Bob Hope Airport wants to replace terminal

With Bob Hope Airport looking to replace its 83-year-old terminal, Burbank council members made it clear this week that they want the city to have a say in those plans as well as any future development of a 58-acre plot of airport-owned land known as the "B6" parcel.

At a study session on Tuesday, Burbank-Glendale-Pasadena Airport Authority President Susan Georgino told the Council that the airport's plans for future development include demolishing the existing terminal and building a new one farther away from the airport's runways.

The current terminal, in addition to not meeting modern seismic safety standards, does not meet guidelines established by the Federal Aviation Administration for space between runways and structures.

The new terminal would have 14 gates, the same as the current building, and would require the same number of parking spaces — 6,600.

Because of Measure B passed in 2000 and a development agreement between the city and airport that is set to expire on March 15, 2015, construction of a new terminal would require voter approval and then the city council would vote on the project.

City Attorney Amy Albano said that if the city and airport cannot agree on a plan for the B6 property by that deadline, it must be sold to a third party.

The airport would still need voter approval and then council's OK before it could build a new terminal on a piece of property to the west of the B6 parcel.

Mayor Emily Gabel-Luddy said that it is important for the airport's new terminal be built under the terms of the development agreement.

"This needs to be developed with the input of the people," she said. "At the end of the day, the residents of Burbank vote on the new terminal."

The study session came two weeks after the city and airport co-hosted a public outreach meeting to solicit input for their joint study aimed at producing a plan for improving transportation options in the area as well as developing the B6 parcel, which is part of the land left vacant when Lockheed left the site.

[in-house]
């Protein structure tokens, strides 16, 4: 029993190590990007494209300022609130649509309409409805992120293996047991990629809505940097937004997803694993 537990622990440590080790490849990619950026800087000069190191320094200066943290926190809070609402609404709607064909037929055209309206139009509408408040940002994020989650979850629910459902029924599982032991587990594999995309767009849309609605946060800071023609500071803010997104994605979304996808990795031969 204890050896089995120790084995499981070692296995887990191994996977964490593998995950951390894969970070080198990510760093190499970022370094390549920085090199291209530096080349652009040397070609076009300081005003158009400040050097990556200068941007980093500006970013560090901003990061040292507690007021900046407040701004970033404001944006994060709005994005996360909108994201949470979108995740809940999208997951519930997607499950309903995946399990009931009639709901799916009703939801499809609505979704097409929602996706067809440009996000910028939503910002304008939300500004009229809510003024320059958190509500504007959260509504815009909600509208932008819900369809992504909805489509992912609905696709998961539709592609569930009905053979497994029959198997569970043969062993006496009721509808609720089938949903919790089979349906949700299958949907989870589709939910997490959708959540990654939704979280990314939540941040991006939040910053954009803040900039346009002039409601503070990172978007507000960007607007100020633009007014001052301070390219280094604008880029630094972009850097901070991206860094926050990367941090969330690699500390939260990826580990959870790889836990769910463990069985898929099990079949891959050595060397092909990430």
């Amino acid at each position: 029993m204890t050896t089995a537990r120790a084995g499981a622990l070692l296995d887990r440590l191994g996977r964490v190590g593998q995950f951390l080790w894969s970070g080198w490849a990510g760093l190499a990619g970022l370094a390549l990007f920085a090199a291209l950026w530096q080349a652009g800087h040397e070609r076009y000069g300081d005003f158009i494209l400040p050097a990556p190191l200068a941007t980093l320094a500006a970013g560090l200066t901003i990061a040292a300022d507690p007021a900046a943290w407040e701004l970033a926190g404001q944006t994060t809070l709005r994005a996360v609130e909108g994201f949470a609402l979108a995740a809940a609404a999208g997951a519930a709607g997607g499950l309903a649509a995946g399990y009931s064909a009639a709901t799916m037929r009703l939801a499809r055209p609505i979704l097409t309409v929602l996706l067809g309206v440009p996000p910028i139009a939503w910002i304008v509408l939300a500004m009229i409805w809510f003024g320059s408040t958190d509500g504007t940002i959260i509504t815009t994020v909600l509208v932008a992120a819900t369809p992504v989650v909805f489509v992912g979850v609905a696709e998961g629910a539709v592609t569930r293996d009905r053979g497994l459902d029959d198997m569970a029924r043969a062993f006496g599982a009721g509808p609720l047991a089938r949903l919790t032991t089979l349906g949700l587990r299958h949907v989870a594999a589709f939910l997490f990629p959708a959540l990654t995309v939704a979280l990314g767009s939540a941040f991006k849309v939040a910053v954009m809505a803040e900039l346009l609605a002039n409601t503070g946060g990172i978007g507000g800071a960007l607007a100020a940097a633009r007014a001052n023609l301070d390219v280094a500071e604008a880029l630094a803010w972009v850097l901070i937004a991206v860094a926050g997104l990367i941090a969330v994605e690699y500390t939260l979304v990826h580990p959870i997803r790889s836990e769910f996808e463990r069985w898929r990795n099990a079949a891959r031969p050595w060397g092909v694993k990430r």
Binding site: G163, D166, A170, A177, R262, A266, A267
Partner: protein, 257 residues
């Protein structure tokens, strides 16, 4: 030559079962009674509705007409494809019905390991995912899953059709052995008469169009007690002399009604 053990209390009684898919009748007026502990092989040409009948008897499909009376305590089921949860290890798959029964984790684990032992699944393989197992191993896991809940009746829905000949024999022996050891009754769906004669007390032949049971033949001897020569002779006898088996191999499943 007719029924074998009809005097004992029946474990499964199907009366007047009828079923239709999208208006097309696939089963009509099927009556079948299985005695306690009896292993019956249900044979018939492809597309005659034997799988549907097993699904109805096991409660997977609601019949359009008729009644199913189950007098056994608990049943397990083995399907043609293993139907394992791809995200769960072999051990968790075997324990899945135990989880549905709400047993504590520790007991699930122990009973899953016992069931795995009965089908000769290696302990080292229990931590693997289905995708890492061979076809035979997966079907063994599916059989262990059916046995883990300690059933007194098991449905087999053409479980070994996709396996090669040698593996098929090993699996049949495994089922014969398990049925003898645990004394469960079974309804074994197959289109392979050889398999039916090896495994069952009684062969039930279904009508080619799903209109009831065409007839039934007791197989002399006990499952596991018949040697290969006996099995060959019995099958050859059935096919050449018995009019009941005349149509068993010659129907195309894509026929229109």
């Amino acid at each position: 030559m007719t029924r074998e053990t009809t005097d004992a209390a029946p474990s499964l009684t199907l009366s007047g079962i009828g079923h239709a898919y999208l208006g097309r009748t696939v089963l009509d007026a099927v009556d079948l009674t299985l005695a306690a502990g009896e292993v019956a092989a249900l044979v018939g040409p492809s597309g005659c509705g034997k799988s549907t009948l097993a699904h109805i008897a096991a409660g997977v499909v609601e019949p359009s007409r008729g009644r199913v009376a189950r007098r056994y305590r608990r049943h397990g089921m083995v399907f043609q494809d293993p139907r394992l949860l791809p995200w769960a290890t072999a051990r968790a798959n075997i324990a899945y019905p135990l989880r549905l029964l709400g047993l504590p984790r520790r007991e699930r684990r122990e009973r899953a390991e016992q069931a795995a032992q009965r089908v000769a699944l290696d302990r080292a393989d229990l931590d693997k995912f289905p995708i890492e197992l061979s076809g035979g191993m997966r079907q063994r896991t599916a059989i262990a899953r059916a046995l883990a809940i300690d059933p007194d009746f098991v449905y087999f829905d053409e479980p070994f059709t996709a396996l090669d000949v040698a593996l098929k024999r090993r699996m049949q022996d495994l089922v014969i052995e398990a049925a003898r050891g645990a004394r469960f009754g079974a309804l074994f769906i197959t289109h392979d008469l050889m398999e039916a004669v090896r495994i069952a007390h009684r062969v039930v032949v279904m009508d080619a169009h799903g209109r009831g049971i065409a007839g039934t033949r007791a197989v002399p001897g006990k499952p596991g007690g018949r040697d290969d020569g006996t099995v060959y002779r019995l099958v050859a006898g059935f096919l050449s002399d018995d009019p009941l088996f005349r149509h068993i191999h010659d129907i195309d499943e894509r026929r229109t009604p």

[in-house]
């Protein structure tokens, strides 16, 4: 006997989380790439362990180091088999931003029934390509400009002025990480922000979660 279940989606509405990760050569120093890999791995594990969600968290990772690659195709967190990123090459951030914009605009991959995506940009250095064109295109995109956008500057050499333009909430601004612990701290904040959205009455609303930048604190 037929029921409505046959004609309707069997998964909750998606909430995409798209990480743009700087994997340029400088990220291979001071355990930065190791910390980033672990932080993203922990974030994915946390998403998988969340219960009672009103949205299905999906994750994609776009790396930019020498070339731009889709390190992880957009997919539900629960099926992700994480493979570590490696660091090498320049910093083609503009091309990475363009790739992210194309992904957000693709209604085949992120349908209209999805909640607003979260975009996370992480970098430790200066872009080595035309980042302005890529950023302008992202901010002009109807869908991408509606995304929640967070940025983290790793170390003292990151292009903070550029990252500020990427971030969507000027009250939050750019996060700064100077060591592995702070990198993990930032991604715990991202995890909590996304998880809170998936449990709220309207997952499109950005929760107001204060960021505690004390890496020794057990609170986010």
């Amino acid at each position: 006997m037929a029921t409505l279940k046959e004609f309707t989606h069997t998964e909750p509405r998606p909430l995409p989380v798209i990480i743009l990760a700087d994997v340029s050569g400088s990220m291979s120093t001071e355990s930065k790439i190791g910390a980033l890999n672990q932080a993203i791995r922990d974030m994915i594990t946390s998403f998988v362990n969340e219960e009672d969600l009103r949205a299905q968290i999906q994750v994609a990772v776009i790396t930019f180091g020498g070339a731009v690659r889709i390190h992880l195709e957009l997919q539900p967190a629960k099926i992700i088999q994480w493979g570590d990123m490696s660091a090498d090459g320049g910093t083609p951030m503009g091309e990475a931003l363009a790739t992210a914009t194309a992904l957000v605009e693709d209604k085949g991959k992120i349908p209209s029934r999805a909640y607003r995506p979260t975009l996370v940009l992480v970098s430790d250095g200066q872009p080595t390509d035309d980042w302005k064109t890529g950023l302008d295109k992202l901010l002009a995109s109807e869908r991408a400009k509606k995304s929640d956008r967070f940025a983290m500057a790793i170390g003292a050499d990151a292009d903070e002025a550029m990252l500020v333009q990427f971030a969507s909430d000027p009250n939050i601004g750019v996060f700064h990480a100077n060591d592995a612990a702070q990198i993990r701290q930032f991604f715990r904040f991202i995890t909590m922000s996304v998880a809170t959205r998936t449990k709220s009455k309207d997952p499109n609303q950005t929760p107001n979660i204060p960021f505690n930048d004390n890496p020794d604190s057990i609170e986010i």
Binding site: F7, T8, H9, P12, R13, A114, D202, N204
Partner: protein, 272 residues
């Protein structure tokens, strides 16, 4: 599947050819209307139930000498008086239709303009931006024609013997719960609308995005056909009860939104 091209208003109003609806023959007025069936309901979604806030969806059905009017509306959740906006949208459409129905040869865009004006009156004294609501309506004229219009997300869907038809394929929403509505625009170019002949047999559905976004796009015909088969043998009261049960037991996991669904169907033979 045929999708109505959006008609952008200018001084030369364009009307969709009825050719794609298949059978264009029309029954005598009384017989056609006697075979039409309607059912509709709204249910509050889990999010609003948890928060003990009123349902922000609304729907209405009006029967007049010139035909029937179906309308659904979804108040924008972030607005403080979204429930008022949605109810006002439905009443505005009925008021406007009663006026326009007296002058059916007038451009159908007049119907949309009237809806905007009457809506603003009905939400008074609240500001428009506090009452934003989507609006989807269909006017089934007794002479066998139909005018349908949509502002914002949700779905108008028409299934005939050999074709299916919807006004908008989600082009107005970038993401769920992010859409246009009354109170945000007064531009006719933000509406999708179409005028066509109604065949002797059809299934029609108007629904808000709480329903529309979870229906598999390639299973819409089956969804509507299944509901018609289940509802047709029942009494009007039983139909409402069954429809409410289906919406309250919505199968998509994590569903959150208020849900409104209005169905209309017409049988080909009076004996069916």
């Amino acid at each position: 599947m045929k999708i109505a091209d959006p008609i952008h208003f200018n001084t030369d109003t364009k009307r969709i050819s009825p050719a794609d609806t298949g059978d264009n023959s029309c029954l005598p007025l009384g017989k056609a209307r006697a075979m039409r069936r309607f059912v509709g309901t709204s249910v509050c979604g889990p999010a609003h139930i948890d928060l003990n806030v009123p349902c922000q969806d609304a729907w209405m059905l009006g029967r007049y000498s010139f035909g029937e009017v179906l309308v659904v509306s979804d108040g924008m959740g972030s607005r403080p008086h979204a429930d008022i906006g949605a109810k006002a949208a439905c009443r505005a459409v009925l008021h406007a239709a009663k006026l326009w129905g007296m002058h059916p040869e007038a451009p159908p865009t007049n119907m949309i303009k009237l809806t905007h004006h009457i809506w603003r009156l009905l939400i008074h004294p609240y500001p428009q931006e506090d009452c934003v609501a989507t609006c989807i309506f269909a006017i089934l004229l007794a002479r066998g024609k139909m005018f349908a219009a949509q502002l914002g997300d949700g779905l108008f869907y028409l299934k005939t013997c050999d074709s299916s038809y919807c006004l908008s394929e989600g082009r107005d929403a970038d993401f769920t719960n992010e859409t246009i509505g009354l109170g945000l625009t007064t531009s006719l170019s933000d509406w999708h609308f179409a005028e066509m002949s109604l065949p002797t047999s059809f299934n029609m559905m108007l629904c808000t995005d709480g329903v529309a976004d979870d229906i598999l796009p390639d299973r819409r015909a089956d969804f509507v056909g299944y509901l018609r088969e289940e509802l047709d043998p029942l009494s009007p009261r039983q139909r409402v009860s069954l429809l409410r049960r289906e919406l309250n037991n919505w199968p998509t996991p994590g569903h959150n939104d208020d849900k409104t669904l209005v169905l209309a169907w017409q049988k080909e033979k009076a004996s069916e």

Councilman David Gordon, however, said he felt that level of outreach was insufficient for a project as significant as replacing the airport's terminal, and that before any development proceeds, the airport must draw up a comprehensive development plan.

"The people of Burbank, through the fate of location, bear the brunt of the good and the bad that may emanate from an airport," he said. "You have to have clear and understandable planning, and planning that is adhered to… You need a master plan."

Gordon admitted that such an effort would likely take several years, but the development agreement's expiration deadline is "a date on a calendar, it can be changed."

The council will hold a study session focused on noise issues related to the airport in September.


Follow Daniel Siegal on Google+ and on Twitter: @Daniel_Siegal.


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